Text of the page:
'Norfolk people will be denied a home and landlords will go to the wall'
PUBLISHED: 14:47 17 April 2019
Renters in need may struggle to find a home if proposals go ahead to scrap the process of eviction at short notice.
Charles Clarke, the chairman of the ELA, Eastern Landlords Association, described the government plans as 'ill thought out and not practical.”
“Socially deprived people, those on lower incomes and who perhaps have had problems with drugs or alcohol just won't be able to find rented accommodation because landlords will not take a gamble on letting their properties to them if they know they cannot ask them to leave if there is a problem,” he said.
“A landlord will choose to leave their property void if necessary rather than face the problem of not getting their rent paid. Landlords have mortgages to pay. They also don't use a Section 21 eviction notice unless they really have to because it costs about £325 to go to court so it isn't done lightly.”
The government says it wants to protect renters from 'unethical' landlords and give them more long-term security, so is considering outlawing the Section 21 notice which gives landlords the ability to evict renters without a reason after their fixed-term tenancy period ends.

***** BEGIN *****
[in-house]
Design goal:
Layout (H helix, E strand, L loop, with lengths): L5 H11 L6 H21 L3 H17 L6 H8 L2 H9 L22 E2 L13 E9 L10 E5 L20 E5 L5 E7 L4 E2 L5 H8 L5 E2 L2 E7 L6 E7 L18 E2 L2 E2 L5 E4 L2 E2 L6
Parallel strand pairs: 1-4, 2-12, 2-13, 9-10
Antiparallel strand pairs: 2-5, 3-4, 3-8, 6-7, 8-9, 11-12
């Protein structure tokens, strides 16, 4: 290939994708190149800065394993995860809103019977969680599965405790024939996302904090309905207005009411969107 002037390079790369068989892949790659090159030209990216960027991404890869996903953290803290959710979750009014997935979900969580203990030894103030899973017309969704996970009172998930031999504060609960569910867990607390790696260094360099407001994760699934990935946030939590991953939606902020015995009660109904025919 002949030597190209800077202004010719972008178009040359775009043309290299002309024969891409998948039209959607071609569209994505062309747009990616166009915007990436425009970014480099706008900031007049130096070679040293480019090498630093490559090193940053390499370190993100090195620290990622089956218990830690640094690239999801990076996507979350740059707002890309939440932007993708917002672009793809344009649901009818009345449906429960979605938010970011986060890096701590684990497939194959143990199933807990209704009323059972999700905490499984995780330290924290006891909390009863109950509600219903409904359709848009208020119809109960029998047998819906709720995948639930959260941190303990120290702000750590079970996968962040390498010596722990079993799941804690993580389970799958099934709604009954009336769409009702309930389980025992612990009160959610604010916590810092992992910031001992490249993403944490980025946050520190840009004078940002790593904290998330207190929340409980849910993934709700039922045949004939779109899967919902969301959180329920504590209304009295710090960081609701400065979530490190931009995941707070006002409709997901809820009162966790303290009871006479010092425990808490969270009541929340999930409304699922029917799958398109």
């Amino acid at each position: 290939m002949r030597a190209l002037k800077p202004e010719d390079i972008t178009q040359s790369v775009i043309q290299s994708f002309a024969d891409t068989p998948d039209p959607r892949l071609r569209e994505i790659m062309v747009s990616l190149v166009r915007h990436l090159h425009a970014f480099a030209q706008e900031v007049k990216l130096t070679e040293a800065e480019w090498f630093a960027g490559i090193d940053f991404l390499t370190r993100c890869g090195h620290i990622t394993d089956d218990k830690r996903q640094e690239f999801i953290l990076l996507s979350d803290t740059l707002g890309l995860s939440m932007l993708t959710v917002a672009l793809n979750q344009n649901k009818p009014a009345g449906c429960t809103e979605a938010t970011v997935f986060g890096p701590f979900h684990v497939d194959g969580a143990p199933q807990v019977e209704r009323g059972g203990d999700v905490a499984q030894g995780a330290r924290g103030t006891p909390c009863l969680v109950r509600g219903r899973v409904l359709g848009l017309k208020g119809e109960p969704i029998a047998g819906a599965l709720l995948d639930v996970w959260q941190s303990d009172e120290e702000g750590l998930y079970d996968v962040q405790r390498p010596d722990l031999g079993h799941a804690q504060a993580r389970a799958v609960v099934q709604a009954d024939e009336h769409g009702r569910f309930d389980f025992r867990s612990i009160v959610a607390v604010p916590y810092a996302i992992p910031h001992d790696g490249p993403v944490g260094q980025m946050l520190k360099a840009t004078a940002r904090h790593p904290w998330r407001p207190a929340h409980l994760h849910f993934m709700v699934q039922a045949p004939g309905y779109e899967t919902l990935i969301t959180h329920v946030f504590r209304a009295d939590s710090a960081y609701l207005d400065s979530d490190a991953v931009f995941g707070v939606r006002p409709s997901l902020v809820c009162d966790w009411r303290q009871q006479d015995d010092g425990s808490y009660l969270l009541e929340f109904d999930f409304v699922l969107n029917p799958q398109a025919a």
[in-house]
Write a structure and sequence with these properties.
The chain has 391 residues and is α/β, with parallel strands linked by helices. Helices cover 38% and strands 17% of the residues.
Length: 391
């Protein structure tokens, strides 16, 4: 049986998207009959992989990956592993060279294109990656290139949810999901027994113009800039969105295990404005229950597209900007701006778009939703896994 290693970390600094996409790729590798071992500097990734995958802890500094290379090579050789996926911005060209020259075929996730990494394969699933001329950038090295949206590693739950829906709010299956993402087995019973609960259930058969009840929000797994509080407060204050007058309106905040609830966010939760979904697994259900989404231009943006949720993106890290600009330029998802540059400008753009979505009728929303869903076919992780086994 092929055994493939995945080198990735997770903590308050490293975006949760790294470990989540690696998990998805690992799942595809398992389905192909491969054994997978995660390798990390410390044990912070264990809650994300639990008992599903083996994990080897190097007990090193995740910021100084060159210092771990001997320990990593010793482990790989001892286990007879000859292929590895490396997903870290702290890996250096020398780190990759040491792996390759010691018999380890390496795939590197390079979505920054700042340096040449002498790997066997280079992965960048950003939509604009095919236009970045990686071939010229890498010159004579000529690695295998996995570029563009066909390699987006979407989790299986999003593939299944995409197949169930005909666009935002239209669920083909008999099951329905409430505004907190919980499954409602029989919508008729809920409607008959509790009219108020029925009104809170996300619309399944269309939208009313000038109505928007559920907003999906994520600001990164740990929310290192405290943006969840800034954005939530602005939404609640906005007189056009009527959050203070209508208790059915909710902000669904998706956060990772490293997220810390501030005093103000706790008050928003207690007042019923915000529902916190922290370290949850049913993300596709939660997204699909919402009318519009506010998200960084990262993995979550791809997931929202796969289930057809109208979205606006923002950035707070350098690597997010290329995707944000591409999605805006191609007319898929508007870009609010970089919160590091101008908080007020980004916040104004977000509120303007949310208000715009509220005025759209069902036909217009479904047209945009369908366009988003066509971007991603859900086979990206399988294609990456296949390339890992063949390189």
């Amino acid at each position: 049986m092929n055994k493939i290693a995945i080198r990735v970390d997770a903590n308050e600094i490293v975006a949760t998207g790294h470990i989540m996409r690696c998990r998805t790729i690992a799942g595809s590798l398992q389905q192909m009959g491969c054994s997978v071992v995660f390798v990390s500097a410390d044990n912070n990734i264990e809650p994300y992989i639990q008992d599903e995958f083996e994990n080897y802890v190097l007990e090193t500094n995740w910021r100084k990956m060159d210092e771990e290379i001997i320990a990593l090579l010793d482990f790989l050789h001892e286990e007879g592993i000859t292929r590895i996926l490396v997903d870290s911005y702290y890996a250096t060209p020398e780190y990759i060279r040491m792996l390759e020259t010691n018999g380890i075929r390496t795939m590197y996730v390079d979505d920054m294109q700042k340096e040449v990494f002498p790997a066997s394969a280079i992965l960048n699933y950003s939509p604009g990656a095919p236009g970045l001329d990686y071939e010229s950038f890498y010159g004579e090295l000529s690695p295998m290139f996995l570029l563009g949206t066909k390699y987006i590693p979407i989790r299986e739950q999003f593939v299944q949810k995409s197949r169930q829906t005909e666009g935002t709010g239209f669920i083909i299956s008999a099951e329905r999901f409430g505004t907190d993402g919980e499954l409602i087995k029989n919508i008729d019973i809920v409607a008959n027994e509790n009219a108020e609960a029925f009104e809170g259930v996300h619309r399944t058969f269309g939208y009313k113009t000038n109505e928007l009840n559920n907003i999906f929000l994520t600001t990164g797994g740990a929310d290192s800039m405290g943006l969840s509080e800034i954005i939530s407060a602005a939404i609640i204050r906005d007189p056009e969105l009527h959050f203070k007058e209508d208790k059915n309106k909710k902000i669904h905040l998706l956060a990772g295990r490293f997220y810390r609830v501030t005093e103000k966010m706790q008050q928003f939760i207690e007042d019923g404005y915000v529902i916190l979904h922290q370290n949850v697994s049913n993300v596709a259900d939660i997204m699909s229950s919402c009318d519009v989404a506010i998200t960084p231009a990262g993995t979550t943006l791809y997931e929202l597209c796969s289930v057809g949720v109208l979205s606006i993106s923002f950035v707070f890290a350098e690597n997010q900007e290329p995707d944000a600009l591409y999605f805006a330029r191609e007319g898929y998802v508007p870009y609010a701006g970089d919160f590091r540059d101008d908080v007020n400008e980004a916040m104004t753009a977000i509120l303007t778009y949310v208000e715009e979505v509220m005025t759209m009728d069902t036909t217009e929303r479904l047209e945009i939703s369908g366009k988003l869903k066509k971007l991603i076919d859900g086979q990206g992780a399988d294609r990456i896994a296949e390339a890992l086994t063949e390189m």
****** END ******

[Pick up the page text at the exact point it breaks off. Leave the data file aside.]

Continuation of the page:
Mr Clarke added: “The proposals are also not practical; how will local authorities monitor the situation? For many landlords they are just going to sell up rather than go to the wall because they've got a tenant who 'can't pay, won't pay' who they can't evict. It's ill thought out and will deprive the people who need accommodation the most.”
The proposals have been campaigned for in London. Amina Gichinga, from the Renters Union said: “This campaign success is a vital first step to ending profiteering from housing and towards a housing model based on homes for people, not profit.
“Section 21 is a pernicious piece of legislation that renters across the country will be glad to see the back of.
“The law allows landlords to evict their tenants at a moment's notice, leaving misery and homelessness in its wake. This fear of eviction discourages renters from complaining about disrepair and poor conditions.”
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